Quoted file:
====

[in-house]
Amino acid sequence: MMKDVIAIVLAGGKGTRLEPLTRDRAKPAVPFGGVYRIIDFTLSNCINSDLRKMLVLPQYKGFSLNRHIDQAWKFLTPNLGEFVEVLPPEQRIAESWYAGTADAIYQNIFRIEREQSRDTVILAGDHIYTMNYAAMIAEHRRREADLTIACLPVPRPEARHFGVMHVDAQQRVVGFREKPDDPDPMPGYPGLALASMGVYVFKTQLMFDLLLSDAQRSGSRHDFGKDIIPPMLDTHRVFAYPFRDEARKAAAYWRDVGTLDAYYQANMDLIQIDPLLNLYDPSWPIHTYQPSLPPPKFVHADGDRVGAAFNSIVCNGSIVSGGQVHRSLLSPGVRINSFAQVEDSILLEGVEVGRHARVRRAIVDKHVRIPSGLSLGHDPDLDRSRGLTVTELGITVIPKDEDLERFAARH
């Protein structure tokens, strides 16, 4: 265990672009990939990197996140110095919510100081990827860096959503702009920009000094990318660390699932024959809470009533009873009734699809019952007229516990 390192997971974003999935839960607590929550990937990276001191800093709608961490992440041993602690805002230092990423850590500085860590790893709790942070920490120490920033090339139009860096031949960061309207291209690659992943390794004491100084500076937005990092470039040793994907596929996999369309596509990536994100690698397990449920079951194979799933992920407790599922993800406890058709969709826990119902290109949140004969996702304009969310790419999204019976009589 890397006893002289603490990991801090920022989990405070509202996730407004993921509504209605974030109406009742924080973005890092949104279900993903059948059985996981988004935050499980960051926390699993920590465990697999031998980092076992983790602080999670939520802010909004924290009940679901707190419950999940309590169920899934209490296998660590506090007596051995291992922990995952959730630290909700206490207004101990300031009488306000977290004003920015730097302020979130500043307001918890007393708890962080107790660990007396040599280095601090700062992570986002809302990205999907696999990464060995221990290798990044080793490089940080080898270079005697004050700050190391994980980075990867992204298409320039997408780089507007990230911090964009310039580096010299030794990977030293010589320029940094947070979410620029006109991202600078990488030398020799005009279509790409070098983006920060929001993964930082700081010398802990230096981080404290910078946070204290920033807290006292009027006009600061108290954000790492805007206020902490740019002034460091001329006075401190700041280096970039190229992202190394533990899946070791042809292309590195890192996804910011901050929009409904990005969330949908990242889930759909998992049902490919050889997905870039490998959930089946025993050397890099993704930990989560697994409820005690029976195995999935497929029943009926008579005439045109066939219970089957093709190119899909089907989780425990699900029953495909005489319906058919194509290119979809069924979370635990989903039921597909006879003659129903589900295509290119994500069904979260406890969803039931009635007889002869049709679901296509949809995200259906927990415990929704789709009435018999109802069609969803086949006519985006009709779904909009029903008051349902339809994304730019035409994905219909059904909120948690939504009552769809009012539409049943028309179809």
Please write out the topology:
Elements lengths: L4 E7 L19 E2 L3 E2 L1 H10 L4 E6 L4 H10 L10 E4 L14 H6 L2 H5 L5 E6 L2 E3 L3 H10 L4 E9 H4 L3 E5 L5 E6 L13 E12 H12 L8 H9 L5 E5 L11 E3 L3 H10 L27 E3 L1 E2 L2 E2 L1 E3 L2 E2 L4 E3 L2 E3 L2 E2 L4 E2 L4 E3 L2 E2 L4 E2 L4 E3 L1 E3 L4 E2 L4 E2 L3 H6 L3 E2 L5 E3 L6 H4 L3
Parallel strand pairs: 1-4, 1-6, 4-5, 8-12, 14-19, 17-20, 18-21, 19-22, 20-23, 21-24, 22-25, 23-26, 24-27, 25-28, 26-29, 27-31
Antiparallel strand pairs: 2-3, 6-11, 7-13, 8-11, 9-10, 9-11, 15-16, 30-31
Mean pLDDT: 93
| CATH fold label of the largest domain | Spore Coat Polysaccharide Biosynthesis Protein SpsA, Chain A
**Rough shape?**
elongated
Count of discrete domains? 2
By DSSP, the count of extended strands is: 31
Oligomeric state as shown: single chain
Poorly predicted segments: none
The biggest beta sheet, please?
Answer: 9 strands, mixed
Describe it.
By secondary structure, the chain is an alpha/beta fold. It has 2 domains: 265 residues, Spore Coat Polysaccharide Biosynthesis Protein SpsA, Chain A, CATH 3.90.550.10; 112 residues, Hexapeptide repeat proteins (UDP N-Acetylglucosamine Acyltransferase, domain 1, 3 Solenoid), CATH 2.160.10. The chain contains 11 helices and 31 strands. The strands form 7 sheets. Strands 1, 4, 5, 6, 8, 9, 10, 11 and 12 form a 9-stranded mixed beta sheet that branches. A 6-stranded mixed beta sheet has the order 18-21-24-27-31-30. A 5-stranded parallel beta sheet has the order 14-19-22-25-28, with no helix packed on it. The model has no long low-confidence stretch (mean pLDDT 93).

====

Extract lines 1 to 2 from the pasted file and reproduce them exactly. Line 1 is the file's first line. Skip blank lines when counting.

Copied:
[in-house]
Amino acid sequence: MMKDVIAIVLAGGKGTRLEPLTRDRAKPAVPFGGVYRIIDFTLSNCINSDLRKMLVLPQYKGFSLNRHIDQAWKFLTPNLGEFVEVLPPEQRIAESWYAGTADAIYQNIFRIEREQSRDTVILAGDHIYTMNYAAMIAEHRRREADLTIACLPVPRPEARHFGVMHVDAQQRVVGFREKPDDPDPMPGYPGLALASMGVYVFKTQLMFDLLLSDAQRSGSRHDFGKDIIPPMLDTHRVFAYPFRDEARKAAAYWRDVGTLDAYYQANMDLIQIDPLLNLYDPSWPIHTYQPSLPPPKFVHADGDRVGAAFNSIVCNGSIVSGGQVHRSLLSPGVRINSFAQVEDSILLEGVEVGRHARVRRAIVDKHVRIPSGLSLGHDPDLDRSRGLTVTELGITVIPKDEDLERFAARH